Supaman by Sings In The Timber

I love making photos at powwows! As a journalist I love documenting Native American life but as a photographer I want my work to stand out. So without getting too “arty” I try to shake up my photographic style when I hit a powwow. Most of the time I shoot with a wide-angle lens and use my feet as the “zoom”, I physically get closer. That’s my comfort zone. Close and intimate.

Photographing outdoor powwows can be awesome, especially during the magic hour when the sun is low and warm. But many powwows start in the early afternoon when the sun is high and the light is harsh, as is the case with 1 p.m. Crow Fair Grand Entries. The light isn’t flattering so I thought it would be fun to break out an off-camera flash and create my own key light and use the sun as a secondary light source.

I positioned myself facing the sun and my light a few feet to the side and up 6-8 feet. Simple. Then I just start making photos as dancers pass by me. Sure, I have less physical space to work with in terms of light quality but the results can be spectacular.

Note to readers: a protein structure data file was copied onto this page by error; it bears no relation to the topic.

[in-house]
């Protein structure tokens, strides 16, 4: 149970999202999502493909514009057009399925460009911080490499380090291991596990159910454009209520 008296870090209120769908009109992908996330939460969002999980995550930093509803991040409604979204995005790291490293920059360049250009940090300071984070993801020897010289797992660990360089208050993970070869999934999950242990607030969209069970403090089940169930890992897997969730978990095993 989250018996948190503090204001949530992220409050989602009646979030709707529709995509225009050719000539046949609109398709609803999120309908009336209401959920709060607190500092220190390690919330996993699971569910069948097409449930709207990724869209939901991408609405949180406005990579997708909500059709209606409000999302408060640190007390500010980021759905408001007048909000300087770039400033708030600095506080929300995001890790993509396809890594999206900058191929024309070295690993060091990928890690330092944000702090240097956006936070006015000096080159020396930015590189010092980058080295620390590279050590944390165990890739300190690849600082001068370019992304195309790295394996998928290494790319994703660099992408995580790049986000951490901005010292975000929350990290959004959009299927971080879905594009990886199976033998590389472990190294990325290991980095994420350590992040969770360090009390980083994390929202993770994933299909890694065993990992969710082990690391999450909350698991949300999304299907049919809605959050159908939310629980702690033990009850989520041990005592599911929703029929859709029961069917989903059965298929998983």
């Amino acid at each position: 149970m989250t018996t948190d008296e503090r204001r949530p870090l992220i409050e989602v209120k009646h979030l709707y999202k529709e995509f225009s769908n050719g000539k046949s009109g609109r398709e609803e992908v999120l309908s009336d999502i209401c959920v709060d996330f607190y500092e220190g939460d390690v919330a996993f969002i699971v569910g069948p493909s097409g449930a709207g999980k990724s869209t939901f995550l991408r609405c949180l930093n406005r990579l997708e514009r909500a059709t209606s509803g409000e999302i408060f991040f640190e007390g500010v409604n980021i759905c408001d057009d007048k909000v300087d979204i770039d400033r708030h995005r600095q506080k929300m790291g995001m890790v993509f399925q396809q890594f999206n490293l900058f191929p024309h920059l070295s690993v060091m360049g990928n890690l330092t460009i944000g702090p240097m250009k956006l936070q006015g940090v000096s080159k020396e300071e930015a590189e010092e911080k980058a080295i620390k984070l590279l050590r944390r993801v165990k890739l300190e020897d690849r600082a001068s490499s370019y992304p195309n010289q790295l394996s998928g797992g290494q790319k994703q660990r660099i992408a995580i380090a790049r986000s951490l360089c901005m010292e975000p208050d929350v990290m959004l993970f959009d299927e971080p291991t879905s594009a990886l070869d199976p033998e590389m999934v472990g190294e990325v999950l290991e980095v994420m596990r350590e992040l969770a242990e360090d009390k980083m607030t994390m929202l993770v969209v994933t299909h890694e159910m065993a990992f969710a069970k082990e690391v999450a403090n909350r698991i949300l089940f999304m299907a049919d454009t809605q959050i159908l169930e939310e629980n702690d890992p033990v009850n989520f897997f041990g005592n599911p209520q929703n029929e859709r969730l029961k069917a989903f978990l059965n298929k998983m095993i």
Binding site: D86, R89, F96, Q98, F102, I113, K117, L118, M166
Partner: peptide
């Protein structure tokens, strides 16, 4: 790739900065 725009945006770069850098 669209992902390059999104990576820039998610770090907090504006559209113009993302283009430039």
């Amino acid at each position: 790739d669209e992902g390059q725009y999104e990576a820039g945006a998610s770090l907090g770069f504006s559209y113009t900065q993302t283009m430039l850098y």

That’s how I made this photo of Apsáalooke (Crow) hip-hop artist and dancer Christian Parrish Takes the Gun, aka Supaman. One of the perks of being an established Native American photographer is that many dancers like to strike a pose or dance harder when they see you, just like Supaman here!

For the gear heads out there I was using my trusty Canon 5D Mark II equipped with a Canon EF 24-70mm f/2.8L lens; ISO 50, 50mm, f/4.5, and a 1/160 shutter speed. My light was a Paul C. Buff Einstein 640 equipped with a socked beauty dish, full power.

To see more of my work please visit my Facebook page: Sings In The Timber Photography

Supaman dances during Crow Fair Grand Entry.
Supaman dances during Crow Fair Grand Entry.

Last Updated on December 4, 2013 by Paul G


One Comment “Supaman by Sings In The Timber”

  • Heather Culley

    says:

    You got magic realism there. Not always easy with photography.

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